|• Body||Patna Municipal Corporation|
|Time zone||IST (UTC+5:30)|
Agam Kuan (Hindi: अगम कुआं ,"unfathomable well") is an ancient well and archaeological site in Patna, India. It is said to date back to the period of Mauryan emperor, Ashoka (304–232 BCE). Circular in shape, the well is lined with brick in the upper 13 metres (43 ft) and contains wooden rings in the remaining 19 metres (62 ft).
The Agam Kuan is set within an archaeological site identified by the Archaeological Survey of India which also contains the adjacent Shitala Devi temple where the folk deity Shitala Devi is venerated. Inside this temple, the pindas of the Saptamatrikas (the seven mother goddesses) are worshipped. The temple is widely revered for its belief in curing smallpox and chicken pox.
Agam Kuan is situated close to the Gulzarbagh railway station, on the way to Panch Pahadi, on the outskirts of Patna, Bihar state. It is east of Patna and south-west of Gulzarbagh Station. India
History and legend
During the 1890s, the British explorer, Laurence Waddell, while exploring the ruins of Pataliputra, identified Agam Kuan as the legendary well built by Ashoka for the purpose of torture before he embraced Buddhism, as part of Ashoka's Hell chambers. The torture practice was also reported by Chinese travellers (most probably Fa Hien) of the 5th and 7th centuries A.D. The well is stated to have been used to torture convicts by throwing them into the fire that used to emanate from the well. Ashoka's Edict no. VIII makes mention of this well, which was also known as "fiery well" or "hell on earth". Another popular legend states that this was the well where Ashoka threw 99 of his elder half-brother's heads and put the heads in the well to obtain the throne of the Mauryan Empire.
According to a myth, the well has a subterranean link with the Patala (netherworld) or hell; this was inferred on the basis that a saint found a heavy log in the well which was supposed to have been lost in the sea. Another geo-hydrological link suggested that Agam Kuan is connected to the Ganges river.  The site is also connected with several Jain legends, the most notable of them being that of a Jain monk, Sudarshana, who, when thrown into the well by a king named Chand, floated to the surface and was found seated on a lotus.
Visitors throw coins into Agam Kuan, as it is still considered auspicious. It is used for many religious ceremonies, especially Hindu weddings. Although it is venerated, the well waters are not consumed. Offerings of flowers and coins are thrown into the well usually during summer months as the well's history is linked to "heat and hell". Dating to Mohammedan rule, the Mughal officials offered coins of gold and silver to Agam Kuan.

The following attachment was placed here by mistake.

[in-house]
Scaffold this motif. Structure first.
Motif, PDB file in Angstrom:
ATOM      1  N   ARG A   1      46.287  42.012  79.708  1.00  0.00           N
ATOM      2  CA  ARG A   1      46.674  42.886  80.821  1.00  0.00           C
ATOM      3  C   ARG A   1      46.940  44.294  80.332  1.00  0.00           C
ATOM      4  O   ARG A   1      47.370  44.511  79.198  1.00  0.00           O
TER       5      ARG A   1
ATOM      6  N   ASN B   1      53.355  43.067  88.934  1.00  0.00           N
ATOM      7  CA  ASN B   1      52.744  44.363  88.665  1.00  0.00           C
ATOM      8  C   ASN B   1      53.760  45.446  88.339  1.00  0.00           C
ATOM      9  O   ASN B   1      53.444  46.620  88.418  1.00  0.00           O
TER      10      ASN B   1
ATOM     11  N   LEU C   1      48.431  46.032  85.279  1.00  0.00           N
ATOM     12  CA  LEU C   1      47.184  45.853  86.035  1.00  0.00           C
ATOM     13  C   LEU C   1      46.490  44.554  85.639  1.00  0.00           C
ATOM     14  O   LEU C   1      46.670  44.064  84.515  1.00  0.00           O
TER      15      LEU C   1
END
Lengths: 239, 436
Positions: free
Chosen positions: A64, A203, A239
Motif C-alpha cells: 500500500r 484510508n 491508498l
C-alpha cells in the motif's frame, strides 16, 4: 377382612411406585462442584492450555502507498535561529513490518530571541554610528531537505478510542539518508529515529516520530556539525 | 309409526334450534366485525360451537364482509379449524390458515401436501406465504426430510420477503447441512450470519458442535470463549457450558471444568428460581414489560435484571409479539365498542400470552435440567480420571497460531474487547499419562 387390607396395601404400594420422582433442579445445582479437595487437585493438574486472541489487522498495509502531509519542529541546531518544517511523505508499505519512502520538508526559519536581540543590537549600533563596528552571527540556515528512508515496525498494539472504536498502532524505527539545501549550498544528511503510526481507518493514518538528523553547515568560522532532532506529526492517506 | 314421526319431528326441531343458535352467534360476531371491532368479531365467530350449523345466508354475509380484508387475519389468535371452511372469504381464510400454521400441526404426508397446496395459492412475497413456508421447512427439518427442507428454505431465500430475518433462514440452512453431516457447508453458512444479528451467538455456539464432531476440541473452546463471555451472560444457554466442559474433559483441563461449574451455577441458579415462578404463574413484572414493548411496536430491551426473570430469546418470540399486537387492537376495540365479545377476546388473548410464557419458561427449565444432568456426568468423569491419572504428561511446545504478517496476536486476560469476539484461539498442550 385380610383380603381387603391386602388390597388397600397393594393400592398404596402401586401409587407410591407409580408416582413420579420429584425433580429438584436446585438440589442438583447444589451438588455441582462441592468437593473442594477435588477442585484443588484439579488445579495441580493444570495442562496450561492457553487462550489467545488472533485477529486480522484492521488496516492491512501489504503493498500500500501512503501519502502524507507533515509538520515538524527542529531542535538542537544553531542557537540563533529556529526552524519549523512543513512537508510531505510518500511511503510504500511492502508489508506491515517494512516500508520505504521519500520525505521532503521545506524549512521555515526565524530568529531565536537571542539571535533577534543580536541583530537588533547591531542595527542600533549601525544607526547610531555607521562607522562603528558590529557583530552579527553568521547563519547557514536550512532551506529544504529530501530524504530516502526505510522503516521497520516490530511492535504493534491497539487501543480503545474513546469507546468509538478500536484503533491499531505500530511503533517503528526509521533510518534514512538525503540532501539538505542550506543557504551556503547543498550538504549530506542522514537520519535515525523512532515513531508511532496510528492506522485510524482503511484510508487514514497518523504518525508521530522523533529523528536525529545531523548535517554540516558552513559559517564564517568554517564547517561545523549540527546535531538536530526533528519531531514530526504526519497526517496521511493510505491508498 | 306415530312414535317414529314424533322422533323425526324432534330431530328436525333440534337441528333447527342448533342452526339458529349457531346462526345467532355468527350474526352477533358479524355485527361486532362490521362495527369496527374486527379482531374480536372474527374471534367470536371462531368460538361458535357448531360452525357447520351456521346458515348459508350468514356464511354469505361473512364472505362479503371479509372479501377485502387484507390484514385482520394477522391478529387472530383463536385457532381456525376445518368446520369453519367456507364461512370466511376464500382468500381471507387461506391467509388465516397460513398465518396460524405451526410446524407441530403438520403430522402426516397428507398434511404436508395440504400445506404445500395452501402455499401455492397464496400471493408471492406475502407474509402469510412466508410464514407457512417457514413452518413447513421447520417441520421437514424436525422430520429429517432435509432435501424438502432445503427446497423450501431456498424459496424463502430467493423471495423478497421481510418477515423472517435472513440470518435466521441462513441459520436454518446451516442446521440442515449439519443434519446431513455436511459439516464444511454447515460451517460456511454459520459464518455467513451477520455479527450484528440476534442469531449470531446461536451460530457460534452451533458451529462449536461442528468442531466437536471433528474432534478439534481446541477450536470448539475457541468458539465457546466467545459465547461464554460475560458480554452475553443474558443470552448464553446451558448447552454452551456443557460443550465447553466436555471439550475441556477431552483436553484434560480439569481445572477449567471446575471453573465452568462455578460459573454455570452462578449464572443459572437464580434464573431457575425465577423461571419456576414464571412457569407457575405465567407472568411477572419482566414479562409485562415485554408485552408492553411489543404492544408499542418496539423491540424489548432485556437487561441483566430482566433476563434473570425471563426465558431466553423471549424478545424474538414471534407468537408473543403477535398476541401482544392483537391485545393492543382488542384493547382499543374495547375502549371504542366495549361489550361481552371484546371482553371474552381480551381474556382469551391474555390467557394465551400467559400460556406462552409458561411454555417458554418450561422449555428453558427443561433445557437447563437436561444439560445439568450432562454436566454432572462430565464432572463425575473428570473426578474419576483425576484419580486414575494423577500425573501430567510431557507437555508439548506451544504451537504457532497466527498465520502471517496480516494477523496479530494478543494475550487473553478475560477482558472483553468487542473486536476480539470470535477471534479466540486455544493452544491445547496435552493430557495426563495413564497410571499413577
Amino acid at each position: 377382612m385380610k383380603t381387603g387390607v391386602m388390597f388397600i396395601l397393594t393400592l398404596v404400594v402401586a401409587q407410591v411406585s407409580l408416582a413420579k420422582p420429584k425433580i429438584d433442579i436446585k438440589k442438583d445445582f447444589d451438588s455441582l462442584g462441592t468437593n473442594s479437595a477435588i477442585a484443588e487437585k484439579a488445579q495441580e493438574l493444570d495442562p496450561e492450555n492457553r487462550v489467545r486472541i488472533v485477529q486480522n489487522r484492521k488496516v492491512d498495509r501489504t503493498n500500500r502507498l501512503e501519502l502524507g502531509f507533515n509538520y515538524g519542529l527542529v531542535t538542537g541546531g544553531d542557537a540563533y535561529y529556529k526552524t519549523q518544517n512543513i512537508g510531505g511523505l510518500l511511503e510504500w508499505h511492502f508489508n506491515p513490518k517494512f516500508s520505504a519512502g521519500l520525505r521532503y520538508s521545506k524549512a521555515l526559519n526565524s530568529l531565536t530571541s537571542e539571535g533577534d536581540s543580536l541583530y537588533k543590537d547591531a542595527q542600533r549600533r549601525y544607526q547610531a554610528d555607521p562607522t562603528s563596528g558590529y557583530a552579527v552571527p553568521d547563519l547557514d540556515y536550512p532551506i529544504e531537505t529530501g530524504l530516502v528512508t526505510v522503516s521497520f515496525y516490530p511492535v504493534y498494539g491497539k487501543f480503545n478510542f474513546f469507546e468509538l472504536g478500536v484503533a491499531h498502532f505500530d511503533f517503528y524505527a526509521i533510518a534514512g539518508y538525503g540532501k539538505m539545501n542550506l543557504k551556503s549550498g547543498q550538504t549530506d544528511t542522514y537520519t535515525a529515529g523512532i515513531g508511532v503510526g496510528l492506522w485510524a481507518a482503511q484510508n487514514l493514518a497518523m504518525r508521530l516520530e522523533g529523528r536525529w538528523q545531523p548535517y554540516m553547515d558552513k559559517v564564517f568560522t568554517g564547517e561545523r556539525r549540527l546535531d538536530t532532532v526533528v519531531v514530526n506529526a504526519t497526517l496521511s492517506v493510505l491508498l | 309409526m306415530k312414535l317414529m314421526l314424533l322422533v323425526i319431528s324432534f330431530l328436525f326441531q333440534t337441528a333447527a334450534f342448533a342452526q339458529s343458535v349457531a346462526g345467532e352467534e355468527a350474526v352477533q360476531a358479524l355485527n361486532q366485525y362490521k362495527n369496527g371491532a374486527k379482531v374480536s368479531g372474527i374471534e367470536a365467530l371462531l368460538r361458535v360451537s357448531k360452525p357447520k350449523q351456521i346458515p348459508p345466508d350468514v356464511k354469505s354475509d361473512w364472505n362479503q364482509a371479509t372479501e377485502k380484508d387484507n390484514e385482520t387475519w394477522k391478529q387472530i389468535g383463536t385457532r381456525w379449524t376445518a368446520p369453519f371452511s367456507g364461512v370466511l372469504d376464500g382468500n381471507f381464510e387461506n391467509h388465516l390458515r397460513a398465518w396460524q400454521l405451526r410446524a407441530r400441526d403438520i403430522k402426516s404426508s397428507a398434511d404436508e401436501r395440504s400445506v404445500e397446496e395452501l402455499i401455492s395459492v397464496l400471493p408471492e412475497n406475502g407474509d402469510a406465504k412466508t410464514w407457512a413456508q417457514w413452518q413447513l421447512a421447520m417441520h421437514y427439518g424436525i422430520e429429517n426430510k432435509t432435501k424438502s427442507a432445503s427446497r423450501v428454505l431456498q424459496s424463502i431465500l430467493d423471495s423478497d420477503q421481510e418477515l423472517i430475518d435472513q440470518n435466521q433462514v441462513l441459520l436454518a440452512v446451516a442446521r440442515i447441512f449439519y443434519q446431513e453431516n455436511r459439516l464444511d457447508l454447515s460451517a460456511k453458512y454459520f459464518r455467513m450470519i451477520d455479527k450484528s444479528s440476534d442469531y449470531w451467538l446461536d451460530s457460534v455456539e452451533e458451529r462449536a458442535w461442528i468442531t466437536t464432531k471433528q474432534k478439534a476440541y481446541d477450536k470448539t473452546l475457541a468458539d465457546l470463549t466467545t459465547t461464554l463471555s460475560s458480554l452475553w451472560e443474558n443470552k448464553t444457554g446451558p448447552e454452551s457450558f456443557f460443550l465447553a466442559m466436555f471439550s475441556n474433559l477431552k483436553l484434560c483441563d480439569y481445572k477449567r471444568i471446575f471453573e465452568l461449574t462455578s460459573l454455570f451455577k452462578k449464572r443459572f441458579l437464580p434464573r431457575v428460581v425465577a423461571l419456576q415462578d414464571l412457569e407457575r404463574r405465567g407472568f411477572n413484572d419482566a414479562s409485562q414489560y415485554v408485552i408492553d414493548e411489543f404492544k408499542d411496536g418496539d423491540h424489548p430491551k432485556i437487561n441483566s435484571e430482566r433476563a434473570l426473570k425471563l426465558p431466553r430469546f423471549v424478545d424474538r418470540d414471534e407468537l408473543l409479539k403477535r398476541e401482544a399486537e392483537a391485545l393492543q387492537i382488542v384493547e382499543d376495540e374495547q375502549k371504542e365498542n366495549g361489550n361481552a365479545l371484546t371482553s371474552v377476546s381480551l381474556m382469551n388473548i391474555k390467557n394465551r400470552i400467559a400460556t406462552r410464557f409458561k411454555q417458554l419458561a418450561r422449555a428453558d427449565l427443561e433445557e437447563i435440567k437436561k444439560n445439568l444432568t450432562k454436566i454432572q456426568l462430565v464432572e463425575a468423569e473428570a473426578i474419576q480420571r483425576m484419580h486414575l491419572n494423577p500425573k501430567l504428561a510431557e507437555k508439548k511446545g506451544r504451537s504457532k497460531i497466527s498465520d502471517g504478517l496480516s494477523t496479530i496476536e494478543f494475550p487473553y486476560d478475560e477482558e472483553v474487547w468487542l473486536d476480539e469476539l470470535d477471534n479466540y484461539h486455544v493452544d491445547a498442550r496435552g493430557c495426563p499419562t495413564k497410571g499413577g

The structure is 105 feet (32 m) deep, circular in plan, with a diameter extending over 4.5 metres (15 ft). It is brick-encased in the upper half to a depth of 44 feet (13 m) while the lower 61 feet (19 m) are secured by a series of wooden rings. Covered with moss, the surface structure, which now covers the well and forms its most distinctive feature, has eight arched windows. The well was refurbished during the reign of Emperor Akbar and a roofed structure was built around the well. This circular structure has been fitted with eight windows which are well placed.
In addition to the Agam Kuan, the archaeological site features a temple, as well as several ancient and medieval sculptures. The Shitala Devi temple is adjacent to the well, and is dedicated to Shitala Devi, which houses the pindas of the Saptamatrikas (the seven mother goddesses). The temple is widely venerated for its belief in curing smallpox and chicken pox, and it is also visited by devotees for wish fulfillment. The temple's female priest is an uncommon practice.
A statue of Yaksha of the Mauryan art period stands guard outside the temple. It was described earlier by Alexander Cunningham when he visited the site in 1879–80. This artifact is not traceable in the present day.
- "Agam Kuan". Directorate of Archaeology, Government of Bihar, official website.
- "The Explorations and Excavations at Patna: Agamkuan, Khaaunia & Stone Trough". National Informatics Centre.
- Vishnu 1993, p. 173.
- Kapoor 2002, p. 4741.
- Sinha 1999, p. 34-35, 59.
- O’Brien, p. 17.
- Sinha 1999, p. 59.
- Sinha 1999, p. 34-35.
- Allen 2012, p. 141.
- "Brief description of important archaeological sites/monuments among protected ones:Agam Kuan, Patna". Directorate of Archaeology, Government of Bihar.
- O'Malley 1924, p. 193.
- British Library Archived February 9, 2012, at the Wayback Machine. "A. Cunningham (Alexander Cunningham) wrote (after his 1879-80 tour), 'When I saw the two statues in the New Indian Museum at Calcutta, I then remembered that a broken statue of a similar kind was still standing at Agam Kua, just outside the city of Patna, adorned with a new head and a pair of roughly marked breasts, so as to do duty for the great goddess Mata-Mai...The Agam Kua is a very large and very old brick well...The broken figure is said to have been found in this well, and it seems probable therefore that the two statues were also found either at or near the same place."
- Kapoor, Subodh (2002). The Indian Encyclopaedia: Mahi-Mewat. Cosmo Publications. ISBN 978-81-7755-272-0.
- O’Brien, Derek. Derek Introduces: 100 Iconic Indians. Rupa Publications. ISBN 978-81-291-3413-4.
- O'Malley, Lewis Sidney Steward (1924). Bihar And Orissa District Gazetteers Patna. Concept Publishing Company. ISBN 978-81-7268-121-0.
- Sinha, Nishi (1999). Tourism Perspective in Bihar. APH Publishing. ISBN 978-81-7024-975-7.
- Vishnu, Asha (1993). Material Life of Northern India: Based on an Archaeological Study, 3rd Century B.C. to 1st Century B.C. Mittal Publications. ISBN 978-81-7099-410-7.